U.S. demonstrations intensify with bombing campaign
Military backers organize own rallies as peace marchers converge in Chicago, N.Y
NEW YORK -- Anti-war activists marched again Saturday in dozens of cities, marshaling well over 100,000 in Manhattan and sometimes trading insults with backers of the U.S.-led war on Iraq. War backers rallied too, often by the thousands, with American flags and chants of "USA!"
In Chicago, some of about 800 troop supporters came within 20 feet of a small group of anti-war activists outside a federal building. As the protesters shouted "killers, killers, killers," a military backer yelled back "idiots, idiots, idiots." Later, about 500 anti-war protesters marched around the same building.
Carrying peace signs and wearing costumes, demonstrators in New York spanned 30 blocks as they marched down Broadway toward Washington Square Park. Unofficial police estimates put the crowd at more than 125,000; United for Peace and Justice, the march organizers, estimated the crowd at more than 250,000.
"I believe if you really want to show 'shock and awe,' you should show love and justice," said marcher Bob Edgar, an officer at the National Council of Churches.
Carol Laverne wore a pair of angel's wings and carried a sign saying "Thou shall not kill." Susan Sonz and her 9-year-old son, Ruben, came to the march from their home near the World Trade Center ground zero site. The boy carried a sign saying, "Ground Zero kids against the war."
"We don't want to see more innocent people die," Sonz said.
Some celebrities joined in, including actors Roy Scheider, Ossie Davis and Ruby Dee, and singer Patti Smith.
"We support the troops, but we do not support the president," said Rep. Charles Rangel, D-N.Y., a Korean War veteran.
About 2,000 police were assigned to the rally, including undercover officers with beeper-sized radiation detectors and other counterterrorism measures. Officers scuffled with some activists at one point, and police in riot gear moved in to break up the crowd. About 50 arrests were reported by police, who said 11 officers were injured.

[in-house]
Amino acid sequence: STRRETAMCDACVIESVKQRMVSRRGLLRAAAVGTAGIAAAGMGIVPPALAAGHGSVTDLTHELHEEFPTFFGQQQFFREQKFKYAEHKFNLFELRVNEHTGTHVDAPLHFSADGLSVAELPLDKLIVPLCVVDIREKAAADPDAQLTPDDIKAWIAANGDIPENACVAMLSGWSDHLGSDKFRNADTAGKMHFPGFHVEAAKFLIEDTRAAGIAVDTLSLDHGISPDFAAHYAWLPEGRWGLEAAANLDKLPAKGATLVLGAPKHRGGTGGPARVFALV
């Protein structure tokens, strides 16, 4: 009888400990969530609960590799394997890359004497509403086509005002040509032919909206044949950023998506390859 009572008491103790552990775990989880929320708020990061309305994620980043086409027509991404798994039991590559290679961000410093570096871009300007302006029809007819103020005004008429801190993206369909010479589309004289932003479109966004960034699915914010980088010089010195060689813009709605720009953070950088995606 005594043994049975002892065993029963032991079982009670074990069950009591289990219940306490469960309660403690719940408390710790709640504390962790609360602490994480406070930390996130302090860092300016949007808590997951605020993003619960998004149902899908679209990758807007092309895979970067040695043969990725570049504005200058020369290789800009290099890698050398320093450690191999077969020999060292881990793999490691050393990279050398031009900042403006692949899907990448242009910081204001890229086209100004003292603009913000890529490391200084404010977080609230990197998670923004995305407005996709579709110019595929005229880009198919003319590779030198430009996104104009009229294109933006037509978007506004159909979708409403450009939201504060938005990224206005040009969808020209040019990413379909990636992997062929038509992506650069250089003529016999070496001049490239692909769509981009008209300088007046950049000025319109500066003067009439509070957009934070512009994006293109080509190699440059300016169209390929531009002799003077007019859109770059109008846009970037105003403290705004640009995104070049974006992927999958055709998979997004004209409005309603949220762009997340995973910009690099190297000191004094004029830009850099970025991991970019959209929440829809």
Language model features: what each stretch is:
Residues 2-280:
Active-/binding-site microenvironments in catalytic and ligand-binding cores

Thousands protested in San Francisco after two days of anti-war rallies in which about 2,200 were arrested.
San Francisco police on Friday vowed to be more aggressive in controlling the crowds, but the latest demonstration was largely peaceful at the outset.
In Hollywood, war protesters marched down Sunset Boulevard, complaining that news coverage is slanted. One sign showed a photo of an Iraqi mother with a wounded child and said, "Collateral damage has a face."
In Washington, several hundred protesters, chanting "No blood for oil," strode through the streets and rallied in front of the White House. Their pink and orange signs read "No war against Iraq" and "Money for unemployment, not war."
Two protesters were arrested. One of them pushed an officer off his bicycle, police said.
More than 5,000 backers of the American military demonstrated at a baseball stadium in Millington, Tenn., home to a military base. Ricky Hunt held a poster with an 8-by-10 photograph of a young Marine he knows in Iraq. He also slung a Marine Corps flag over his shoulder.
"We're really tired of all the protesters. I don't understand them. I think they ought to remember where they got their freedom," Hunt said.
An estimated 15,000 pro-military demonstrators crammed shoulder-to-shoulder, prayed, and sang patriotic songs in Auburn, Ind. Similar numbers massed in St. Paul, Minn.
In Louisville, Ky., about 400 young military wives, leather-clad bikers, veterans and others also massed and declared solidarity with U.S. soldiers.
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